ICC Ratified by 66 Countries, Will Begin Operation in July
Ten nations ratified the International Criminal Court (ICC) today bringing the total number of nations to ratify the 1998 Rome treaty to 66, meaning that the ICC will finally enter into force this July. The ICC will operate across from the International Criminal Tribunal until it can move into its permanent home in the Hague, Netherlands in 2007. The ICC is a permanent court designed to prosecute war criminals, genocide, and crimes against humanity. Article 7 of the Rome Statute of the ICC also presents clear language defining gender crimes to include rape, sexual slavery, enforced prostitution, forced pregnancy, enforced sterilization, or any other form of sexual violence of comparable gravity. “A page in the history of humankind is being turned,” said United Nations Chief Legal Counsel Hans Corell.
The United States is one of the few Western countries not to ratify the ICC. The Bush Administration is even considering “unsigning” the treaty. "Unsigning" the ICC treaty would be a formal indication that the U.S. has no intention of ever ratifying the treaty and wishes to be released from its obligations. British Foreign Minister Jack Straw has reportedly warned Secretary of State Colin Powell that attacking the ICC will provoke a clash with European allies. According to the UN Under-Secretary for Legal Affairs no country has ever left a UN treaty unsigned.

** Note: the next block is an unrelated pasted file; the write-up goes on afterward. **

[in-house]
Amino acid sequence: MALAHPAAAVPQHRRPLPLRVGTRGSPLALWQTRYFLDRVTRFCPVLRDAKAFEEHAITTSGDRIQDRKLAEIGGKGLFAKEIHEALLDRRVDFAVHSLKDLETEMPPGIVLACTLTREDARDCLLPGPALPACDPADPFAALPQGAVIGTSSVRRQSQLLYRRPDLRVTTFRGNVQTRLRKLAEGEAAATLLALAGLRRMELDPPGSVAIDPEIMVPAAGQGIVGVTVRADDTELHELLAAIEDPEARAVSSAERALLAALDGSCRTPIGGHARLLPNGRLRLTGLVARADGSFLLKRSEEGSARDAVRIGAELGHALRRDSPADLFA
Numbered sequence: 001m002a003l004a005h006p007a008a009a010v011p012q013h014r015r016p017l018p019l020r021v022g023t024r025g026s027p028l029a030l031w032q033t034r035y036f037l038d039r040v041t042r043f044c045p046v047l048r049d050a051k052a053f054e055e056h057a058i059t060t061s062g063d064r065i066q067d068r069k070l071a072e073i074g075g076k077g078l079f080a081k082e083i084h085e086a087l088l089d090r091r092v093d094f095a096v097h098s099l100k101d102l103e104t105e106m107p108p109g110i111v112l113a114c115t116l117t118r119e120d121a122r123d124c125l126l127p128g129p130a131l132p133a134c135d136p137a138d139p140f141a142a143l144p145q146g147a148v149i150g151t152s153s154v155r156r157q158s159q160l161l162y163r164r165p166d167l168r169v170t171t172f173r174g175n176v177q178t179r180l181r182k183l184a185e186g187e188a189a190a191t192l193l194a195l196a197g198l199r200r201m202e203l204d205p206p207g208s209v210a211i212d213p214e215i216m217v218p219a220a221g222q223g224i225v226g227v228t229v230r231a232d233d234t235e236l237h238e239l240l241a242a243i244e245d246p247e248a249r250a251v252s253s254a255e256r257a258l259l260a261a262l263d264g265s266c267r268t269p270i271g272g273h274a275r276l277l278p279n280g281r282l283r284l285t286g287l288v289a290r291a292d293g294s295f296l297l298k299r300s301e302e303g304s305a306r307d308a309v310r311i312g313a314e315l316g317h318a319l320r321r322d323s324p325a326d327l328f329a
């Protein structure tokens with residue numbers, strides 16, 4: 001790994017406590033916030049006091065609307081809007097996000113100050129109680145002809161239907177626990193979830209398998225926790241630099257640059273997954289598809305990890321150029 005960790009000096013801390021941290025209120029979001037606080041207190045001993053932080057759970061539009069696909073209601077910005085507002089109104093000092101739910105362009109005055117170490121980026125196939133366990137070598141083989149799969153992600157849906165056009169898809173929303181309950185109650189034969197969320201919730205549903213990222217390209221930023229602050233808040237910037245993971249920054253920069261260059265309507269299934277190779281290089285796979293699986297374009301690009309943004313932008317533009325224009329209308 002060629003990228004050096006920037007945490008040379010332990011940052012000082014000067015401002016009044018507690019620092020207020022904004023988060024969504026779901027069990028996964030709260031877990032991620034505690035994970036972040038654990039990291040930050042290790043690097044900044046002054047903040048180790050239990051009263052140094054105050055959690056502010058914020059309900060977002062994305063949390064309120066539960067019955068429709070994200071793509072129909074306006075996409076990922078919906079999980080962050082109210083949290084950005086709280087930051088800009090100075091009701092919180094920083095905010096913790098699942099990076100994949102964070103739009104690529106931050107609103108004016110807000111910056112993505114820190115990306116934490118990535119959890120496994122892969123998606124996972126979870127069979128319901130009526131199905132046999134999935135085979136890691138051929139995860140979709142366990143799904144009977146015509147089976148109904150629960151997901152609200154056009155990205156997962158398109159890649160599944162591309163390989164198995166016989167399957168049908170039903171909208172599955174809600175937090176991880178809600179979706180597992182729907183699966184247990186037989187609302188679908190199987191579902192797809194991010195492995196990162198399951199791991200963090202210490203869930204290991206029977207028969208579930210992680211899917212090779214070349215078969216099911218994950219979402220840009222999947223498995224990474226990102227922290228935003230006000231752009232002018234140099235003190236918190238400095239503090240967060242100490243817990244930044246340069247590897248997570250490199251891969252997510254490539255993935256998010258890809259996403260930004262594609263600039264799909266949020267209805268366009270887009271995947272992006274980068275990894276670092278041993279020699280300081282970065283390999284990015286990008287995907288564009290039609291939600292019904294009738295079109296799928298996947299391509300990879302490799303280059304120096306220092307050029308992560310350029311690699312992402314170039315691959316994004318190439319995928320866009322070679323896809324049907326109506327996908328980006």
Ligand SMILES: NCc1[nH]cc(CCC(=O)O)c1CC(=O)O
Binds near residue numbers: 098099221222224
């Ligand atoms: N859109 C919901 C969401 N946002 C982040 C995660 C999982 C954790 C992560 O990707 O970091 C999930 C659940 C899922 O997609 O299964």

The ten countries to ratify the ICC today were: Bosnia, Bulgaria, Cambodia, Congo, Ireland, Jordan, Mongolia, Niger, Romania, and Slovakia.
1/27/2016 Taiwan Elects First Woman President - In a landslide victory, the leader of Taiwan's Democratic Progressive Party (DPP) Tsai Ing-wen won the country's presidential election, becoming the first woman in Taiwan's history to hold the position.
Emphasizing her party's commitment to maintaining Taiwan's independence from China, Tsai won over young voters eager to usher in a political changing of the guard following some 70 years of dominance by the pro-Chinese unification party, the Kuomintang (KMT), chaired by presidential opponent Eric Chu. . . .